The Move to EHRs: Parting with Paper is Both Welcome and Worrying. Here’s the Debate.

The Move to EHRs: Parting with Paper is Both Welcome and Worrying. Here’s the Debate.

Paper is a decreasing medium in the 21st century. We text. We email. We buy, sell, and pay by electronic means. Hospital medical records must make the inevitable shift to an entirely digital storage medium. What does that mean in practice?

Digital medical records seem like a clear win-win, right? Care facilities would no longer require banks of filing cabinets crammed with paper medical records, all fragile and easily misplaced. Patients would no longer have to show up in person to their physician or request a time-consuming piece of snail mail if they want access to their personal data. It certainly seems a massive step forward.

In many ways, it is. Stats from the National Coordinator for Health Information Technology show digital adoption rates on the rise, but ditching paper also faces some opposition from patients and professionals. Here’s a look at the slower-than-expected progression toward Electronic Health Records (EHRs) and why powerfully-supported Wi-Fi could make a big difference in adoption.

The advantages of making the change

Beyond the savings on writing materials and storage space, EHRs can help keep patients reminded of their next appointment or prescription refills; no small thing, since missed appointments cost the medical sector $150 billion a year. Such preventative digital care has already proven effective and preferable for many patients, particularly those with conditions requiring numerous medical visits. EHRs can literally save lives when used to process prescriptions; doctors’ handwriting has been an occasionally deadly problem for a long time.

A Deloitte survey found that many patients struggle to access and understand their medical records. EHRs can help mitigate these issues and satisfy the average 70 percent of patients who prefer digital storage/access across all six major healthcare categories, according to a McKinsey report. EHRs also stand to greatly improve cooperation between facilities and physicians – many different stakeholders who may be involved in the treatment of a single patient – since EHRs can be instantly updated and accessible across various platforms.

It’s not all pros, however. A paperless record system presents its own inherent problems which are slowing down the switch.

The drawbacks of all-digital records

It’s a hospital’s job to ease patient concerns, so even with the advantages of digital, there’s a catch-22 involved. Storing records online may help streamline services, but some patients don’t want their most private information on a medium that’s increasingly vulnerable to risk an attack. Paper records may get lost, but how does that compare to millions of files being hijacked at the click of a button?

Data from Consumer Action further counter the Deloitte and McKinsey findings, highlighting that plenty of patients and consumers still prefer paper since a paper trail is more reliable for record keeping, tax filing, and settling disputes.

Hospitals are also reticent to upgrade due to understandable questions and concerns. Where do all the paper records go after they’re scanned and stored? There are HIPAA retention concerns to be considered; time periods which differ from state to state but always add up to years. If the paper records will be stored and accessible for so long, some hospitals question why they should digitize them in the first place.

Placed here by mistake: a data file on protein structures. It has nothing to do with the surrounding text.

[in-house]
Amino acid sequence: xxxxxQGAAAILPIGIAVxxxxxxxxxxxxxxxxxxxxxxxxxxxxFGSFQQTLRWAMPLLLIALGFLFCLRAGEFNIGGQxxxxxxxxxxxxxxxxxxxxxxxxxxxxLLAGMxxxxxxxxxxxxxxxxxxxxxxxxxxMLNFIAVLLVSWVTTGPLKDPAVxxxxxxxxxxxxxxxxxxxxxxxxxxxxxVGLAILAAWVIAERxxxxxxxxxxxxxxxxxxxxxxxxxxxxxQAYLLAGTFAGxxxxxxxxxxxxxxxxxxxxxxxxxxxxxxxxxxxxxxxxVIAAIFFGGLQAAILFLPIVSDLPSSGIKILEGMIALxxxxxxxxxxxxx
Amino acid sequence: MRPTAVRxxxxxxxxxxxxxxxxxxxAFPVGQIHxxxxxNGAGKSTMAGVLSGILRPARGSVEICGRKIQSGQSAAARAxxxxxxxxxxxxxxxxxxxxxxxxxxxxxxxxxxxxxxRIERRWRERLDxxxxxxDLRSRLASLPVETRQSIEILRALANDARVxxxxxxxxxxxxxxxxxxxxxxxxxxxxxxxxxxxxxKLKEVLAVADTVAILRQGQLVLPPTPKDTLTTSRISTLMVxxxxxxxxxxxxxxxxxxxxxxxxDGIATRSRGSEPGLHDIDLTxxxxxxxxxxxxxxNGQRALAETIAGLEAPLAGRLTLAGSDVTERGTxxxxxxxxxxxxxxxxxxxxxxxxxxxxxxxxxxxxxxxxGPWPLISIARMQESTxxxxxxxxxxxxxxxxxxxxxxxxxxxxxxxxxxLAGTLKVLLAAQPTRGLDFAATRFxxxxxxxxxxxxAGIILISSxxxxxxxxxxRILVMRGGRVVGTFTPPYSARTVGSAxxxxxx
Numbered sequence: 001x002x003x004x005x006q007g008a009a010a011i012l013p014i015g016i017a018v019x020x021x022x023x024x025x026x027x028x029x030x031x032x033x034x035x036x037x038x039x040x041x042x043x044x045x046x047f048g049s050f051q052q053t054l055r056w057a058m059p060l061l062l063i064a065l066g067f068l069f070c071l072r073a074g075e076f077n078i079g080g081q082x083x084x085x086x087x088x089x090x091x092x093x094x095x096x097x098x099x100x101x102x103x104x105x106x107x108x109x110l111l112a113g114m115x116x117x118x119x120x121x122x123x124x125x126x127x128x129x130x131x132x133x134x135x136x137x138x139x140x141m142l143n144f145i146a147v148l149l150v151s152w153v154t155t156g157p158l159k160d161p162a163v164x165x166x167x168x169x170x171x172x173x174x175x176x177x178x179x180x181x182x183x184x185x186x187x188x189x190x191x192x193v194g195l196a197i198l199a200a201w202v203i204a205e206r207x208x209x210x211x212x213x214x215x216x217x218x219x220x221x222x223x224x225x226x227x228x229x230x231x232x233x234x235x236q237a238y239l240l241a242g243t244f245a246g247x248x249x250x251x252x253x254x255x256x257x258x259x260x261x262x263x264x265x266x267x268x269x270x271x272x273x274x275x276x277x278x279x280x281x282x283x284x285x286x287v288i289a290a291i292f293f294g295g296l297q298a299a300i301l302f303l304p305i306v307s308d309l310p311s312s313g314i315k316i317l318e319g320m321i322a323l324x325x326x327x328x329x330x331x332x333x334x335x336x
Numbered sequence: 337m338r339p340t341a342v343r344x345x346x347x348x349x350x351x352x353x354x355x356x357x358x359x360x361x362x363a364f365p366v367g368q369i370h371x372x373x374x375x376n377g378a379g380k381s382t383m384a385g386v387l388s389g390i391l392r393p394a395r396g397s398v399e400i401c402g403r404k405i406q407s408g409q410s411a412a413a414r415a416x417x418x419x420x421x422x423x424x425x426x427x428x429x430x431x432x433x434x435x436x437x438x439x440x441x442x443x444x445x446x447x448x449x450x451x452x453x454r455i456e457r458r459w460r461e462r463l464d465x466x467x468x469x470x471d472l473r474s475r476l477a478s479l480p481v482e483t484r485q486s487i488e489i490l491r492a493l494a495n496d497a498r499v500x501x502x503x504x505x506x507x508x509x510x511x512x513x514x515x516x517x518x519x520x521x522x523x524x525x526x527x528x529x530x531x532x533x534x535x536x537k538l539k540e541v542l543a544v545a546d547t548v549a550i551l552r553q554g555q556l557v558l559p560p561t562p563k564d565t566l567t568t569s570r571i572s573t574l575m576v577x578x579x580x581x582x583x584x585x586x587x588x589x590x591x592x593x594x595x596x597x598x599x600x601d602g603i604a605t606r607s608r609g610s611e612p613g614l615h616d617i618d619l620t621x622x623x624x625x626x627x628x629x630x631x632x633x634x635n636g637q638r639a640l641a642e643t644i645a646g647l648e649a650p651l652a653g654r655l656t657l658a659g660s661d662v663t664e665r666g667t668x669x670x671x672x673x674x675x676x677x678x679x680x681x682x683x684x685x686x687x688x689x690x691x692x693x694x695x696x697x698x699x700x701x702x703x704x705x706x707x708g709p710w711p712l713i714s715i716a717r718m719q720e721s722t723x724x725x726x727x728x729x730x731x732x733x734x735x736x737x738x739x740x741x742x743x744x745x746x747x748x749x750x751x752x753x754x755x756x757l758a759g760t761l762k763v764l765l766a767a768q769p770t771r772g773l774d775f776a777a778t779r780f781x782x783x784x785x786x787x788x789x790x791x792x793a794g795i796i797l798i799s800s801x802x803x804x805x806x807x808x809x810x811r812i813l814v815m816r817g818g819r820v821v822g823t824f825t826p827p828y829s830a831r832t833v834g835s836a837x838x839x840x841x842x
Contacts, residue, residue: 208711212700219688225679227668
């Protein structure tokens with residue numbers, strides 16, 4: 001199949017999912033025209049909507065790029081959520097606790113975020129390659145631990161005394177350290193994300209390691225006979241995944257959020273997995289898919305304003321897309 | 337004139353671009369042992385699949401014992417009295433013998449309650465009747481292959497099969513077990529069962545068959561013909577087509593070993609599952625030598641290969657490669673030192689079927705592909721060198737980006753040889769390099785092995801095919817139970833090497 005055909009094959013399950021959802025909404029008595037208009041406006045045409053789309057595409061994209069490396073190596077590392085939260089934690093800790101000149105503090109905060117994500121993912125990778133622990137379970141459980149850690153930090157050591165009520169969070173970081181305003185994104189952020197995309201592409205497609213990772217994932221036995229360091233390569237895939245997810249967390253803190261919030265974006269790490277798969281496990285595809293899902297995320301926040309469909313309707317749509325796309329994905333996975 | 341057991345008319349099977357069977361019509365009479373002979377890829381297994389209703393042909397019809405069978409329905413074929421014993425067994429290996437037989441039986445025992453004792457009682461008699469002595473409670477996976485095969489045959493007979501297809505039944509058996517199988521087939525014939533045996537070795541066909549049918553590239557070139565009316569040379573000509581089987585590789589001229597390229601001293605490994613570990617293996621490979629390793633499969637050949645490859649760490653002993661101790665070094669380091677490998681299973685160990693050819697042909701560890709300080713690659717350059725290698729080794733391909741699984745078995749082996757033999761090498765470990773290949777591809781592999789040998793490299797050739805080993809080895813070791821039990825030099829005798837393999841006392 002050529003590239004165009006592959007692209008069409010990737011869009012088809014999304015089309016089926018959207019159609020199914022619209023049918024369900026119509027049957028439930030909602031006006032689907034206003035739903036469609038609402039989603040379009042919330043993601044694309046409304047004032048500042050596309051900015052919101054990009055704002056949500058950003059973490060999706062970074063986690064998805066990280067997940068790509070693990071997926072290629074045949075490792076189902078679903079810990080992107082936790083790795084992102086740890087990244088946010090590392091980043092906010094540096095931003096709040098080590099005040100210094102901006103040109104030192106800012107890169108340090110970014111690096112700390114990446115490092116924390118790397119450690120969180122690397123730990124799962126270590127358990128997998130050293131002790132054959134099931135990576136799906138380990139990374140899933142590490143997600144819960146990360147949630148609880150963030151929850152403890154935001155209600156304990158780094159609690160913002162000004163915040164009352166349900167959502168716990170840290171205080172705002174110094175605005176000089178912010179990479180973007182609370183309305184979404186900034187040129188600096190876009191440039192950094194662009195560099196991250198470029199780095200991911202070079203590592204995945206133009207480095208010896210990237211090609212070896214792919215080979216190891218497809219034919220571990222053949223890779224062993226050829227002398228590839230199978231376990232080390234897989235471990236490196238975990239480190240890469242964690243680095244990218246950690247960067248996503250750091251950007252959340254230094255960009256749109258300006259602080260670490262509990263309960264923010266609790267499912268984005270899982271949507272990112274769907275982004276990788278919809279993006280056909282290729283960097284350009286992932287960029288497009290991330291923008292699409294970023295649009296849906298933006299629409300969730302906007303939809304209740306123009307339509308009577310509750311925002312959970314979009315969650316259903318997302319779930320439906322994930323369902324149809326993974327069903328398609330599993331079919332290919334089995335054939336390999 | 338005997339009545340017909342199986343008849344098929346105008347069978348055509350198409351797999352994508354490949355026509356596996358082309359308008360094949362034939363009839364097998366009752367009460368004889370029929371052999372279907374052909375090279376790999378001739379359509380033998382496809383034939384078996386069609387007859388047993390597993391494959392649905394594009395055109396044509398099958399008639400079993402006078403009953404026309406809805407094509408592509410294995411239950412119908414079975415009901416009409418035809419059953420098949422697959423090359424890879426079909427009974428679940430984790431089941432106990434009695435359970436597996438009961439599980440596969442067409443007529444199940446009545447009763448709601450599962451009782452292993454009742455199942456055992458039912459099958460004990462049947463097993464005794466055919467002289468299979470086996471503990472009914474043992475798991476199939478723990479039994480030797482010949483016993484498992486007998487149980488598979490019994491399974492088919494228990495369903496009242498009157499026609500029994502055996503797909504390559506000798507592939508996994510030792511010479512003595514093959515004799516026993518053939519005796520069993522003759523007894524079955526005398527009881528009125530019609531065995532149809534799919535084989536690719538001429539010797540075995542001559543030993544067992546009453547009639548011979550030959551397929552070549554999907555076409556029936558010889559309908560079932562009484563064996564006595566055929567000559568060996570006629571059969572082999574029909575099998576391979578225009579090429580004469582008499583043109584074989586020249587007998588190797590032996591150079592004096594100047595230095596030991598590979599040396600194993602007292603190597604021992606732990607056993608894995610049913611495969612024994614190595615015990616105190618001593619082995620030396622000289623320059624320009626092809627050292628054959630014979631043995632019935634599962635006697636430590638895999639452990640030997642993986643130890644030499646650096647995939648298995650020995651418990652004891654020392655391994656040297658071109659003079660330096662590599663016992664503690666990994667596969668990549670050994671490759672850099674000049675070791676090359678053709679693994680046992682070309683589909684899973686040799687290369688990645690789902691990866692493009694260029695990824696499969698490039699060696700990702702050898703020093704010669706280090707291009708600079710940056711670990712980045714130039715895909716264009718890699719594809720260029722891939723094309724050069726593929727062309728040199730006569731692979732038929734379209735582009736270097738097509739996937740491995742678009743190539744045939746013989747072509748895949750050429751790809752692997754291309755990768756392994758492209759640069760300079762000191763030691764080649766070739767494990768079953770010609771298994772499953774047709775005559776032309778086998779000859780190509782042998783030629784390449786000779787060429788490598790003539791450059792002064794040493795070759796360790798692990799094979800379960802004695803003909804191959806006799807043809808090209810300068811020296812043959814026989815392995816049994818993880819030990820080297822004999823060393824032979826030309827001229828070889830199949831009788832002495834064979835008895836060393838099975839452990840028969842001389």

There’s also the hard work of scanning all those records. Some hospitals use their own staff while others outsource to document scanning companies – an option which only increases the risk of loss, damage, or theft of information. Worse, many physicians flat-out dislike EHRs and feel they have a very long way to go before they work well. A National Physician Poll in conjunction with Stanford Medicine revealed that:

  • 63 percent of physicians think EHRs have led to general improvements in patient care, but 7 out of 10 think they’ve greatly contributed to physician burnout
  • Almost 50 percent feel EHRs detract from clinical effectiveness
  • 74 percent agree that the use of EHRs has increased their working hours
  • 69 percent feel that EHRs take time away from patients and negatively impact the physician/patient relationship

If you look back on the pros and cons, there’s a core factor at the root of both: time. EHRs are either good because they speed things up or bad because they slow things down. And a hospital’s ability to provide swift and secure EHRs will partially depend on the reliability of their wireless connection.

7SIGNAL watches over your connection, keeping it fast and secure

EHRs may not have been completely adopted but they’re destined to be the rule. Hospitals need real support during that period of early adoption and our service can help by ensuring reliable network connectivity. We constantly monitor your wireless connection and act the moment problems arise. By analyzing and optimizing your network, we can help you minimize service disruption, boost efficiency, and further slash your operational costs.

That’s a key takeaway – when everything, including EHRs, goes digital, it’s the performance of your wireless which could make or break your service and overall patient care.

7SIGNAL® is a leader in enterprise Wireless Network Monitoring. The 7SIGNAL platform is a cloud-based Wireless Network Monitoring (WNM) solution that continuously troubleshoots the wireless network for performance issues – maximizing network uptime, device connectivity, and network ROI. We continuously monitor the connectivity of over 4 million global devices. Connect with us on our contact page!

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